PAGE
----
Granite, Quartz or Marble? Discover Popular D.C. Countertop Options

Jason Hargraves
Written by Jason Hargraves
Updated September 26, 2014
D.C. granite countertop
Granite has been the go-to countertop for the last few years, but changes could be on the horizon.
Jason Hargraves

Granite countertops remain popular in D.C., but products, such as quartz and marble, are now trendy. Options are endless depending on your style and budget.

Get quotes from up to 3 pros!
Enter a zip below and get matched to top-rated pros near you.

Granite’s reign as king of the countertops slowly may be ending in Washington, as more home owners look to a variety of new options to capitalize on the “next big thing.”

That said, you'll still find plenty of real estate ads boasting of homes with granite countertops. Some say the stone fascination has become a bit of an unnecessary obsession.

Fashions and trends inherently change, so it may come as no surprise to learn that granite may well be left in the dust as you begin searching for the right countertop.

“Granite is falling out of favor, but it absolutely depends on the clients’ budget,” says Bonnie Torre of the kitchen remodeling company Allusions and More in Ashburn, Virginia.

The price of granite has dropped significantly, she says, making it a more affordable option.

Granite affordable? It’s still not bottom-of-the-budget laminate, but at $70 to $150 a square foot, it comes in cheaper than many newer products.

“Once [customers] hear the pricing on quartz, marble, Silestone and the like," granite does look affordable, she says.

Countertops — no matter the material — are the focal point of any kitchen, but they also need to be functional and practical. Remember what works for one person may not work for another.

Here are a few of the basics of selecting the right countertop:


Marble countertops are popular choices for home owners looking to upgrade the look of their kitchen.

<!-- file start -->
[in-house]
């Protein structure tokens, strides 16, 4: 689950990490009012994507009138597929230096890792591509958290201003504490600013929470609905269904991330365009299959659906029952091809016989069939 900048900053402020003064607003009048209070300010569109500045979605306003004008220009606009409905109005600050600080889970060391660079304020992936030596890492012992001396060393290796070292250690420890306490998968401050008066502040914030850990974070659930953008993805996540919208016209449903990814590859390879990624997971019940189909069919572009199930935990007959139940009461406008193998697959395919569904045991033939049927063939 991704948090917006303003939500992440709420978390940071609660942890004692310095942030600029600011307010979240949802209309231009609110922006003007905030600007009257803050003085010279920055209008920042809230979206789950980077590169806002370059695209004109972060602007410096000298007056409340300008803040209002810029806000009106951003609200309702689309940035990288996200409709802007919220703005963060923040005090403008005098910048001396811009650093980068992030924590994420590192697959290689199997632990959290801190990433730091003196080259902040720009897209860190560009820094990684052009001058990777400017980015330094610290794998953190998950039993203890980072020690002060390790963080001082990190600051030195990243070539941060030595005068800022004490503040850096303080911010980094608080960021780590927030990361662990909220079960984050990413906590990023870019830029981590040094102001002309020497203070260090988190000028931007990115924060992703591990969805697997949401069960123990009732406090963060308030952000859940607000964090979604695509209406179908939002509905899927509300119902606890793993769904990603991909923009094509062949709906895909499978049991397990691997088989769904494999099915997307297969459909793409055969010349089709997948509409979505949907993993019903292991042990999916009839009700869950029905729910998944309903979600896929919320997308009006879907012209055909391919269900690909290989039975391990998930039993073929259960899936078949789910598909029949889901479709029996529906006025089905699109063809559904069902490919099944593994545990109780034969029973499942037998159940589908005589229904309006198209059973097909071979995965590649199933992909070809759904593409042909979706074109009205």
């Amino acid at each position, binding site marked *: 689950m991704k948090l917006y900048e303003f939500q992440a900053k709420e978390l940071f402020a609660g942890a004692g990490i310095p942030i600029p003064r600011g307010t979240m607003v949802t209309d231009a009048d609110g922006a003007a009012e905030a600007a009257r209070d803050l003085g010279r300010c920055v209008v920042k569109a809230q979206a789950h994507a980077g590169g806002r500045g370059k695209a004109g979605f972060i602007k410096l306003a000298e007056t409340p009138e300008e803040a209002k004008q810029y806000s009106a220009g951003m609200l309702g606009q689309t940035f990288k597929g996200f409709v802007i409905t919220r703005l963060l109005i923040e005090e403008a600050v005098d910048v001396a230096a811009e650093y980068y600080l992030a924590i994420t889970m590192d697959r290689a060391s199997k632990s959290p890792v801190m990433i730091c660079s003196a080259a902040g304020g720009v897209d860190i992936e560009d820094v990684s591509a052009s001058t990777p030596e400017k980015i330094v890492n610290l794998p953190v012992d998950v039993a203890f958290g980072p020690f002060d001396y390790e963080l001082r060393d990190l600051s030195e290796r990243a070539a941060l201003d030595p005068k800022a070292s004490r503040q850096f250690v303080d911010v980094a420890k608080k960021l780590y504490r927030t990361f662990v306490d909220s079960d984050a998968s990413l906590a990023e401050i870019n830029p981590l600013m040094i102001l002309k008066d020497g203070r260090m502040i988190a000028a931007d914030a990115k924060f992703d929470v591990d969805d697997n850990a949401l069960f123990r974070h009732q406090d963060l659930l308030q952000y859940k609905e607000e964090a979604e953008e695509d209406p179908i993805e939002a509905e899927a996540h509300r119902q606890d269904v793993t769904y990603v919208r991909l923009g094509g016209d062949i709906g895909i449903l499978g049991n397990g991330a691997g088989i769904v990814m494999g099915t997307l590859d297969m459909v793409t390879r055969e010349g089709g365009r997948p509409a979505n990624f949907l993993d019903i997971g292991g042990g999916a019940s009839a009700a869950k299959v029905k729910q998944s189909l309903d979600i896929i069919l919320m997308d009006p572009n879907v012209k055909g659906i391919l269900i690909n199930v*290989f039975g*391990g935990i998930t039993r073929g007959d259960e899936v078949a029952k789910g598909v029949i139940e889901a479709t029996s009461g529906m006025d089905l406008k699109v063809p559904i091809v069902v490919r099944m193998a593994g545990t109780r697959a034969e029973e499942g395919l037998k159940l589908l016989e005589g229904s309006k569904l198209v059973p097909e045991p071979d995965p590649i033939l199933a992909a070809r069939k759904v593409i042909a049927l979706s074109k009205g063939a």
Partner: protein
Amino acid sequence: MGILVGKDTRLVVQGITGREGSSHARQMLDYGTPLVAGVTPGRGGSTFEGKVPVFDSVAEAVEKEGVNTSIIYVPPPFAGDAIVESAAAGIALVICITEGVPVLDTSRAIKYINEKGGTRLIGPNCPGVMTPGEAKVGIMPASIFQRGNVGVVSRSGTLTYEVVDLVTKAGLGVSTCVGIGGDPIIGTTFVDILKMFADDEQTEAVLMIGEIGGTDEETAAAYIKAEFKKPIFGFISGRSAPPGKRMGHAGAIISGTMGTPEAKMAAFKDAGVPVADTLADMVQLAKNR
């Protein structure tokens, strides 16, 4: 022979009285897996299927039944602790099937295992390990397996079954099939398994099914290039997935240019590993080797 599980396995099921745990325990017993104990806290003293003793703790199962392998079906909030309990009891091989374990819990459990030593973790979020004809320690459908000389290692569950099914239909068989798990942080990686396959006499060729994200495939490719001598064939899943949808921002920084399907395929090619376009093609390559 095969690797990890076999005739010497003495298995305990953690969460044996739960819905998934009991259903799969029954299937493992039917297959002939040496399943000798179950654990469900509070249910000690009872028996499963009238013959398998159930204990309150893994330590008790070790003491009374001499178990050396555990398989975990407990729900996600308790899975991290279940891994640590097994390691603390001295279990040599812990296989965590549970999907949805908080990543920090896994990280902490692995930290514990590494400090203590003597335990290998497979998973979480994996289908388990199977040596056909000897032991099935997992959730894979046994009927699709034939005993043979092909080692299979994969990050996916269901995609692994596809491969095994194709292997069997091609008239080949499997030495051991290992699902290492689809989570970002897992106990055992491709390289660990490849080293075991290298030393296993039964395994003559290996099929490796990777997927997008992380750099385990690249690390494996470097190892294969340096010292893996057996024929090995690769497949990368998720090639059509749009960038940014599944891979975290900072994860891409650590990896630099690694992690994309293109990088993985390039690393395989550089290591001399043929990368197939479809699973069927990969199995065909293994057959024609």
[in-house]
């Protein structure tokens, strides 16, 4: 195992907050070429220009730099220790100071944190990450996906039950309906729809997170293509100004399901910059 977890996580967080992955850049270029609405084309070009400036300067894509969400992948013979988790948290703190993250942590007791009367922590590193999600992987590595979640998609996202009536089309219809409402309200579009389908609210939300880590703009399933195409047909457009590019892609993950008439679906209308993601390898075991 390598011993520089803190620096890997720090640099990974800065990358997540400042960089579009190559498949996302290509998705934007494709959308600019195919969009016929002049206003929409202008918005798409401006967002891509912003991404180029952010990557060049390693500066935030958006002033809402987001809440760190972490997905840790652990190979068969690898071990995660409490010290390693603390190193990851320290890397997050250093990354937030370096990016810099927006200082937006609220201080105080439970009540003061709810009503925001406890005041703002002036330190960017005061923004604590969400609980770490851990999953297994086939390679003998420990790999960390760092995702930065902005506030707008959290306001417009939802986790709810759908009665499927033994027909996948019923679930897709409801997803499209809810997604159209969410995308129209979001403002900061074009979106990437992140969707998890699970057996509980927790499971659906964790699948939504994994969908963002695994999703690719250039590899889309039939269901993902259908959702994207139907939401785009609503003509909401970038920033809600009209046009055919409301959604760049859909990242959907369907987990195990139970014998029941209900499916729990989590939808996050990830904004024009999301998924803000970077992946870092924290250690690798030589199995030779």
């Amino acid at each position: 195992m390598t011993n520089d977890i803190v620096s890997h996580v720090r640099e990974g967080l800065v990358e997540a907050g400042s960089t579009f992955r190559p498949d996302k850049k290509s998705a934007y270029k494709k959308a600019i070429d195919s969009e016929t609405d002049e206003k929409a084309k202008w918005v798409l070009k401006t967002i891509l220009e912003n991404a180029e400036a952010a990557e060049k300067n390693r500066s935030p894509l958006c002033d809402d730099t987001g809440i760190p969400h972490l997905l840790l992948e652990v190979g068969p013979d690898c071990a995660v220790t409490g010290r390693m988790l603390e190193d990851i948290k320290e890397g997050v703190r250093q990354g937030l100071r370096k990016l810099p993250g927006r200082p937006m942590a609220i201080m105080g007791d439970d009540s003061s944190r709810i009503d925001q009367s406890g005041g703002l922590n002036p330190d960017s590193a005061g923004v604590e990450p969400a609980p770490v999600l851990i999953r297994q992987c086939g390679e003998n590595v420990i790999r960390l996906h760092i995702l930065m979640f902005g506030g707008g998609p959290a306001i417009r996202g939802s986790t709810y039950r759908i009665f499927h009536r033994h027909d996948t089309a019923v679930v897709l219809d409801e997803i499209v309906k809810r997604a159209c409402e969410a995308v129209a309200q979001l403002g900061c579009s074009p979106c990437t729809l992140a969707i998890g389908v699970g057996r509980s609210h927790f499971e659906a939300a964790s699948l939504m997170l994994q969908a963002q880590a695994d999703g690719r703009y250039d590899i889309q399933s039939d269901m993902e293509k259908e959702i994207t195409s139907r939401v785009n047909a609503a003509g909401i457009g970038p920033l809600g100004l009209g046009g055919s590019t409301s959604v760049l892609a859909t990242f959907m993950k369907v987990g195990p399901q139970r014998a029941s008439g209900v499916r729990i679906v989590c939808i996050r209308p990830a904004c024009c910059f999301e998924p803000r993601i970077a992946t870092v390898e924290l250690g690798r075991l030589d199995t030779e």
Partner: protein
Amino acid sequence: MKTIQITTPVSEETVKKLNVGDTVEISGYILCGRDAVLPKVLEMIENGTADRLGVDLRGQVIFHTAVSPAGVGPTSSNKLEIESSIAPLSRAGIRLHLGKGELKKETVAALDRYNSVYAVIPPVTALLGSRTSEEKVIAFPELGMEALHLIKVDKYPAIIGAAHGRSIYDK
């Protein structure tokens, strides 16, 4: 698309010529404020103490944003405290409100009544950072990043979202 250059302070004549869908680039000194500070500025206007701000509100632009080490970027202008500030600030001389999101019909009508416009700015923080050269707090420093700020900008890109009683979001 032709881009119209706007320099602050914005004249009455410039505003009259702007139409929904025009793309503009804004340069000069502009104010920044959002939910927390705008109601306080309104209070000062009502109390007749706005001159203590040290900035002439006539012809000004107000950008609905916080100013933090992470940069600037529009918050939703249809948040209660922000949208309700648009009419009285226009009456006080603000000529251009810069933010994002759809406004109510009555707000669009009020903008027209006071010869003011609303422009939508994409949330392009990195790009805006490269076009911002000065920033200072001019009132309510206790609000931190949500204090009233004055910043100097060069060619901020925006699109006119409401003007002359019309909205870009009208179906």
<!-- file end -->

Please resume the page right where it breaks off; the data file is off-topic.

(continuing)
Cut from veins of naturally occurring stone, marble is prized for solid durability, the unique beauty of its grains and the fact it adds value to a home.

Marble countertops are relatively more porous and softer than granite. Because it's porous, stone countertops require periodic sealing to prevent moisture from entering the stone and causing stains.

Marble, by no means, is cheap. The cost runs $125 to $250 a square foot.


Quartz is available in many different colors and provides the same beautiful finishes you would get with granite, but it’s much more durable.

Quartz slabs are made from ground crystals combined with bonding agents and color. Some of the most popular brands on the market are: Caeserstone, Silestone, Icestone and Zodiaq.

The cost can be anywhere from $100 to $185 a square foot.

The Countertop Guru in Sterling, Virginia says quartz is the fastest-growing material in the Washington-area countertop industry. It has the impression of natural stone, and it is perhaps the hardest and most resistant material that can be found for countertop surfaces.

Butcher Block

Another material to think about is wooden butcher block. Butcher block countertops are a versatile home design trend that can lend warmth to your modern kitchen or an authentic feel to a vintage farmhouse. At approximately $40 to $60 per square foot, they also are affordable.

Butcher block countertops have several advantages in terms of durability. If they are scratched or burned, the damaged wood can be sanded down with ease and re-oiled.


This is an increasingly popular option because home owners can customize concrete according to color and design.

Rocks, shells or colored glass can be added to the concrete to add texture or uniqueness. While this modern option may be popular, it likely will cost you $70 to $140 a square foot.

Concrete countertops are extremely durable, and lend a nice aesthetic alternative to more conventional kitchen countertops.

Whatever you may choose, it’s always good to have countertop options. They create endless styles sure to please even the most finicky home owner.

And just because granite may one day lose its No. 1 status, don't count it out.

Torre doesn’t see it as a bad choice at all.

“I certainly have it in my home,” she says.

Need professional help with your project?
Get quotes from top-rated pros.